In the last column, we discussed about the harmful effects of bad cholesterol (LDL) on your cardiovascular system. I call LDL enemy number one. Today, we move on to our enemy number two – triglycerides.
Triglyceride is another type of lipoprotein which carries harmful fat-carrying particles. That means it is a bad one. It is the main constituent of vegetable oil and animal fats. It is a major component of chylomicrons and very-low-density lipoprotein (VLDL).
Chylomicron is one of the microscopic particles of fat occurring in a ‘milky’ fluid composed of fat and lymph formed in the intestine during digestion. Next, VLDL is produced in the liver and later becomes the bad LDL.
Triglycerides are the most common form of fat in the body. In fact, almost all the excess calories you consume, whether from fats or carbohydrates, are converted to triglycerides and stored in your fat cells. Once at capacity these cells divide. If you ‘lose weight’ these cells decrease in fat content but never in number. This makes it easier to get fat again.
High levels of triglycerides in the bloodstream have been linked to atherosclerosis (hardening of the arteries), and the risk of heart disease and stroke. High triglyceride levels can
cause pancreatitis, a painful and potentially dangerous inflammation of the pancreas.
What causes elevated triglycerides?
Elevated triglyceride levels can be related to your diet (high in bad fats, carbohydrates and alcohol) and your genetic makeup. In addition, high triglyceride levels can be produced by several medical conditions including: obesity, diabetes, metabolic syndrome and hypothyroidism (low thyroid).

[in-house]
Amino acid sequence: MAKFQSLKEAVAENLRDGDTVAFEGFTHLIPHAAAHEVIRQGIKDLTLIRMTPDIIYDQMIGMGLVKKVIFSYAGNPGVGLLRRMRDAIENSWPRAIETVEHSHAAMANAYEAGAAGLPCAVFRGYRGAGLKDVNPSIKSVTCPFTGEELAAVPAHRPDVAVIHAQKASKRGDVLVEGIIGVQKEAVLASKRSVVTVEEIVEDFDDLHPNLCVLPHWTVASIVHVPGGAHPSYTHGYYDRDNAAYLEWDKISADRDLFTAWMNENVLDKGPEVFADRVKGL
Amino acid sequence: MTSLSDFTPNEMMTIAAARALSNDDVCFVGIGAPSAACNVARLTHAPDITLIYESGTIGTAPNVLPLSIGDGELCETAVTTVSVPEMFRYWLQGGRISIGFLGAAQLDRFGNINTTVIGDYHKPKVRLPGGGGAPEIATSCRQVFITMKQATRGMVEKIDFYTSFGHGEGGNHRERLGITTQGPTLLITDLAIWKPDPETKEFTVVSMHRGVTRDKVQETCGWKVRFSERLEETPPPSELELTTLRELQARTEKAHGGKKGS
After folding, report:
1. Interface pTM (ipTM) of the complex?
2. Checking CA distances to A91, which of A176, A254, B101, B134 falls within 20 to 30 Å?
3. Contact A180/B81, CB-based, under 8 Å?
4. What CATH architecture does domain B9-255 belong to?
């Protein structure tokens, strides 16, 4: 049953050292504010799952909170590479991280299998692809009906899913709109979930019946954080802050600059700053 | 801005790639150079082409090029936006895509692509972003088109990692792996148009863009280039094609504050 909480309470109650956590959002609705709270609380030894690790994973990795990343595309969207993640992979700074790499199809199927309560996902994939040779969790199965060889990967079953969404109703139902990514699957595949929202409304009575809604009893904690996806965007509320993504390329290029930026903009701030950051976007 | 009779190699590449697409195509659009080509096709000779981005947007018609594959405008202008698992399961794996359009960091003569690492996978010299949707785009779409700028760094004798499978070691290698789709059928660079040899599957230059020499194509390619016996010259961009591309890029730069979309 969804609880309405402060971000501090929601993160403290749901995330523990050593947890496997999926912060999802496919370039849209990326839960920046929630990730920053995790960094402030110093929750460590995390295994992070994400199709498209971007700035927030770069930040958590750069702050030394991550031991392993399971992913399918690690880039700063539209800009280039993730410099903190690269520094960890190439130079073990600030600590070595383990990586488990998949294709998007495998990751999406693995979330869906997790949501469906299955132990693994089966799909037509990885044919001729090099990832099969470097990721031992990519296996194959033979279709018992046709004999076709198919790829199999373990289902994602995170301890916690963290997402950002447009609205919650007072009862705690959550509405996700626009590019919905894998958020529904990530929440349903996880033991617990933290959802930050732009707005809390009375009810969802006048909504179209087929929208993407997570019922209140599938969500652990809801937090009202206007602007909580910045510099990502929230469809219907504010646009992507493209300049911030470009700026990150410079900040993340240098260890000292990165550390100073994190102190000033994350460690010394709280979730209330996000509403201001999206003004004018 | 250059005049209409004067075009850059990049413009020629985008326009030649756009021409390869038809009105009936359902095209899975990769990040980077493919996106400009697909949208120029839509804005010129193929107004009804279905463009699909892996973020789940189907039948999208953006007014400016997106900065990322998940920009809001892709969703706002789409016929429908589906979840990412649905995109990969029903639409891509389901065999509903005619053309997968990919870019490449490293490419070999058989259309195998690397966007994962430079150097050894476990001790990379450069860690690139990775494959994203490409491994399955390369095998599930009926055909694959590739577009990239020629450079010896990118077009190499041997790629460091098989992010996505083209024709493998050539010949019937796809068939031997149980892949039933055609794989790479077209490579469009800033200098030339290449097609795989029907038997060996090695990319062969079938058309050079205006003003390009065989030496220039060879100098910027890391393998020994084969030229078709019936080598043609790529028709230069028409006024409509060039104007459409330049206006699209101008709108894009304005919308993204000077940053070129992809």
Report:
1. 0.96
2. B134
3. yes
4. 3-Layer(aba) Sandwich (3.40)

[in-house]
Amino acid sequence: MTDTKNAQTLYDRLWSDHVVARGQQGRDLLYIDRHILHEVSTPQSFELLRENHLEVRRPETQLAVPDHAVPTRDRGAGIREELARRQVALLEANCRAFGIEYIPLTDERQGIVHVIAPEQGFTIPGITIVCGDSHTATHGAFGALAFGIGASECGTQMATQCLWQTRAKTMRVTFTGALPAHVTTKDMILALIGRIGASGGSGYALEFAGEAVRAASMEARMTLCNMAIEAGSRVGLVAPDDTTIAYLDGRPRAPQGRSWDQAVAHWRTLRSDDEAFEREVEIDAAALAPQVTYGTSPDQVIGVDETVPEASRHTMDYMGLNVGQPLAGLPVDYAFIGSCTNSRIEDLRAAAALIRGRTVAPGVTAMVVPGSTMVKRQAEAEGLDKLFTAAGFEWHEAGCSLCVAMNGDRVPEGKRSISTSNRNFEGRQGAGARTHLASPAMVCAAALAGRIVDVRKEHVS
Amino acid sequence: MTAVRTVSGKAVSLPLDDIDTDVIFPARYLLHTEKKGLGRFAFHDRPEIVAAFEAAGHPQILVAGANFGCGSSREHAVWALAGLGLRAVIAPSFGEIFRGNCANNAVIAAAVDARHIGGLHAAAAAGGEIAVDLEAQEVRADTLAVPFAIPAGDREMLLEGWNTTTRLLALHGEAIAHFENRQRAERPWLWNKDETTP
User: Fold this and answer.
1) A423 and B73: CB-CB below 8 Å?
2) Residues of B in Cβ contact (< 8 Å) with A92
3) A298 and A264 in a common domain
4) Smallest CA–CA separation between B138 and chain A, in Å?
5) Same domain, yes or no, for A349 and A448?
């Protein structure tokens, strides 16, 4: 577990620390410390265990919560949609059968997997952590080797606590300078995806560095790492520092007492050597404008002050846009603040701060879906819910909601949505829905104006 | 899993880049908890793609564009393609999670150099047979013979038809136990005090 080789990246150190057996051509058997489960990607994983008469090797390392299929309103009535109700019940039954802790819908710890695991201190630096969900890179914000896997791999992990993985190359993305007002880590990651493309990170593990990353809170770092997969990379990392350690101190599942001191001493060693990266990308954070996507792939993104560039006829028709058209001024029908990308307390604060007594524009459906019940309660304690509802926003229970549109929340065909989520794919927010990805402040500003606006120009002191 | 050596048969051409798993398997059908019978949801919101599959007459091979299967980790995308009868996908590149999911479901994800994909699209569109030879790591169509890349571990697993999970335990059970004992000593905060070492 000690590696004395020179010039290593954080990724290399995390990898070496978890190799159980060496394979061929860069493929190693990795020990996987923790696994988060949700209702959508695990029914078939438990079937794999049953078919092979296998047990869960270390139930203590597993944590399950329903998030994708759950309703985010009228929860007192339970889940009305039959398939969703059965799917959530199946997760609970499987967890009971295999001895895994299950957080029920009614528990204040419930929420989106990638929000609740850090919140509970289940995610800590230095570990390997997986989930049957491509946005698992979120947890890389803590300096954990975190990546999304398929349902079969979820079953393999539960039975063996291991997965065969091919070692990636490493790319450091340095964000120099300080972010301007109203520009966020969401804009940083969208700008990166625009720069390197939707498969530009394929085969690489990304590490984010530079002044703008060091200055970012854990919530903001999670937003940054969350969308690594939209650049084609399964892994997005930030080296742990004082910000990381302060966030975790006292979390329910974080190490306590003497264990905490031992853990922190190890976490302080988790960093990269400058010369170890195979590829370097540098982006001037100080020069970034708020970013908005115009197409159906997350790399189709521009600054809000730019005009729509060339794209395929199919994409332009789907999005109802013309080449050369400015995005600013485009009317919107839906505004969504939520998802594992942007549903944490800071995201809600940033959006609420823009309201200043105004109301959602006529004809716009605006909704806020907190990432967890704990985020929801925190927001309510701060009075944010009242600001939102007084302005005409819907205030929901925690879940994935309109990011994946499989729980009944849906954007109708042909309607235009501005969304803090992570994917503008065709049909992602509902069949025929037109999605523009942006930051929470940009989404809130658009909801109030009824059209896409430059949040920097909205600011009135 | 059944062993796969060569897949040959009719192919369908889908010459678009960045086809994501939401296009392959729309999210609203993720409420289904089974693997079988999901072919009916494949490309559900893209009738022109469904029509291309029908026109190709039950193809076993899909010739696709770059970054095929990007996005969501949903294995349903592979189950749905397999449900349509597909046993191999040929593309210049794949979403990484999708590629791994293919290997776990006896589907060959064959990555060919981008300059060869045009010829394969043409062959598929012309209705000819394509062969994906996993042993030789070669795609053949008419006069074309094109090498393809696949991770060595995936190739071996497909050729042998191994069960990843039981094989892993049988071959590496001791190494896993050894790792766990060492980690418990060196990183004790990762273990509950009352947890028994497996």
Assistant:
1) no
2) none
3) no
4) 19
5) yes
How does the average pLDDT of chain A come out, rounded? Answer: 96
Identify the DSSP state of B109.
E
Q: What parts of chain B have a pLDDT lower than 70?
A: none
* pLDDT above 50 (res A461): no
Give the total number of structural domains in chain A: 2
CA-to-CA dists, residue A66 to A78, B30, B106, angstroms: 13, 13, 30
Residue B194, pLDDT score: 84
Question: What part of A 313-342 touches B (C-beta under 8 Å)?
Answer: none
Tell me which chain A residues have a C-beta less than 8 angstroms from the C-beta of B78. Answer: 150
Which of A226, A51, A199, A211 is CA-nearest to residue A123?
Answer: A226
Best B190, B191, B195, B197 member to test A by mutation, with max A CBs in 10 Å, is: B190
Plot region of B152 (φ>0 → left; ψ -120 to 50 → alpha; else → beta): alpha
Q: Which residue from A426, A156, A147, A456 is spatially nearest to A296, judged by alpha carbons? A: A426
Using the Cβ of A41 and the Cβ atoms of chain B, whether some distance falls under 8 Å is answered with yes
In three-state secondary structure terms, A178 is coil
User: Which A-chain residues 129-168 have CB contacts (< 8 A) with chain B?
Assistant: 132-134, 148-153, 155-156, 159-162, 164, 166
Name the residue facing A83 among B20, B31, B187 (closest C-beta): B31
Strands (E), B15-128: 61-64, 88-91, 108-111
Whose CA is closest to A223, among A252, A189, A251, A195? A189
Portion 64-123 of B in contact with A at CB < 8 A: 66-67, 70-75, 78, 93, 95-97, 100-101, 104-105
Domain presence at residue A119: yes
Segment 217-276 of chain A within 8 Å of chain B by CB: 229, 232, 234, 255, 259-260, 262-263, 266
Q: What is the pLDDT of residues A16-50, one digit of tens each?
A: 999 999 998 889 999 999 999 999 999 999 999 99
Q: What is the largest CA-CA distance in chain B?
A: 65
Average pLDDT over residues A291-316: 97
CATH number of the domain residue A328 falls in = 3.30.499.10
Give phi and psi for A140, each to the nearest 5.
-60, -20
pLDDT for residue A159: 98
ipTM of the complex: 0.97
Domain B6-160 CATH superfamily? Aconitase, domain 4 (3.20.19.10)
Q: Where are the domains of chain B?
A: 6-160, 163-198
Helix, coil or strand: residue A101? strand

How can we manage high triglyceride levels and reduce the risk of CAD, stroke and death?
It starts with lifestyle modification. Your diet has to change. The key is to replace bad fats with good fats in your diet.
Bad fats are: saturated fats (found in meat and dairy products, some plant foods such as coconut oil, palm oil and palm kernel oil) and trans fats (found in commercially packaged foods and fried foods).
Good fats are: monounsaturated fats (found in nuts, almonds, pistachios, avocado, canola and olive oil) and polyunsaturated fats (found in seafood, fish oil, omega-3, corn, soy, safflower and sunflower oils). Monounsaturated fats have also been found to help in weight loss, particularly in reducing body fat.
Eat plenty of fruits and vegetables. Avoid alcohol, lose weight, exercise, do not smoke, and control your blood sugar and blood pressure. Wow, sounds easy! Well, sort of. There is plenty of help around to achieve your goals. You and your doctor should work together. But you have to have the motivation to start the ball rolling.
This plan will help reduce LDL bad cholesterol, the bad triglycerides (friend of enemy number one) and increase HDL good cholesterol. Next week, look for more fodder for your healthy heart besides love and chocolates on Valentine’s Day. Who is your enemy number three?
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